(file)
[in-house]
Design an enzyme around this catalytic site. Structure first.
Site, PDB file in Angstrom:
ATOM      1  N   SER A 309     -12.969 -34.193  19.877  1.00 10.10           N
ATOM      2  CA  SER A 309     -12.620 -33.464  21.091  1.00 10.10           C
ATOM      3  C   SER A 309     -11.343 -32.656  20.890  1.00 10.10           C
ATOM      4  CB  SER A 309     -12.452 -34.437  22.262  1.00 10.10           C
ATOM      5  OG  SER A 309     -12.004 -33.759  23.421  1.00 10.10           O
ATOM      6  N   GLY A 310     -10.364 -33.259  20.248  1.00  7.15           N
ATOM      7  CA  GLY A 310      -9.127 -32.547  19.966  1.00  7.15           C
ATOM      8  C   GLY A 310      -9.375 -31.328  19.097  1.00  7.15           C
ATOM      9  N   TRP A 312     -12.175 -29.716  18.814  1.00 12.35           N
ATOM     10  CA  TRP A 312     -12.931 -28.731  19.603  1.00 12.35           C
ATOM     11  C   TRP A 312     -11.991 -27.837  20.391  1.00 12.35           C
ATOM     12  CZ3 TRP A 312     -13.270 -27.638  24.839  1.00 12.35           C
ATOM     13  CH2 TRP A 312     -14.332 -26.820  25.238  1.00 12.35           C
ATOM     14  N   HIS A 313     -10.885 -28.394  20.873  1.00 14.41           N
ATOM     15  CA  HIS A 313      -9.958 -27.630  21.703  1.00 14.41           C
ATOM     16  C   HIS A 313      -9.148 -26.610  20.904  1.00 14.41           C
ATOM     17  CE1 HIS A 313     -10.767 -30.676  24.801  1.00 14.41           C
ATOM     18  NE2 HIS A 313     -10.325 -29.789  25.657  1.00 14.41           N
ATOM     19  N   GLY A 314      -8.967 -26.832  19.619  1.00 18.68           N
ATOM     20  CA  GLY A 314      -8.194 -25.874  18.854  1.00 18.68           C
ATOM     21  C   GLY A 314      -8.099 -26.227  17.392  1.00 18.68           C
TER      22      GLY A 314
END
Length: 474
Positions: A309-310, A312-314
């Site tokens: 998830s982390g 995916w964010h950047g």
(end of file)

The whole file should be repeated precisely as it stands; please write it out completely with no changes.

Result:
[in-house]
Design an enzyme around this catalytic site. Structure first.
Site, PDB file in Angstrom:
ATOM      1  N   SER A 309     -12.969 -34.193  19.877  1.00 10.10           N
ATOM      2  CA  SER A 309     -12.620 -33.464  21.091  1.00 10.10           C
ATOM      3  C   SER A 309     -11.343 -32.656  20.890  1.00 10.10           C
ATOM      4  CB  SER A 309     -12.452 -34.437  22.262  1.00 10.10           C
ATOM      5  OG  SER A 309     -12.004 -33.759  23.421  1.00 10.10           O
ATOM      6  N   GLY A 310     -10.364 -33.259  20.248  1.00  7.15           N
ATOM      7  CA  GLY A 310      -9.127 -32.547  19.966  1.00  7.15           C
ATOM      8  C   GLY A 310      -9.375 -31.328  19.097  1.00  7.15           C
ATOM      9  N   TRP A 312     -12.175 -29.716  18.814  1.00 12.35           N
ATOM     10  CA  TRP A 312     -12.931 -28.731  19.603  1.00 12.35           C
ATOM     11  C   TRP A 312     -11.991 -27.837  20.391  1.00 12.35           C
ATOM     12  CZ3 TRP A 312     -13.270 -27.638  24.839  1.00 12.35           C
ATOM     13  CH2 TRP A 312     -14.332 -26.820  25.238  1.00 12.35           C
ATOM     14  N   HIS A 313     -10.885 -28.394  20.873  1.00 14.41           N
ATOM     15  CA  HIS A 313      -9.958 -27.630  21.703  1.00 14.41           C
ATOM     16  C   HIS A 313      -9.148 -26.610  20.904  1.00 14.41           C
ATOM     17  CE1 HIS A 313     -10.767 -30.676  24.801  1.00 14.41           C
ATOM     18  NE2 HIS A 313     -10.325 -29.789  25.657  1.00 14.41           N
ATOM     19  N   GLY A 314      -8.967 -26.832  19.619  1.00 18.68           N
ATOM     20  CA  GLY A 314      -8.194 -25.874  18.854  1.00 18.68           C
ATOM     21  C   GLY A 314      -8.099 -26.227  17.392  1.00 18.68           C
TER      22      GLY A 314
END
Length: 474
Positions: A309-310, A312-314
């Site tokens: 998830s982390g 995916w964010h950047g």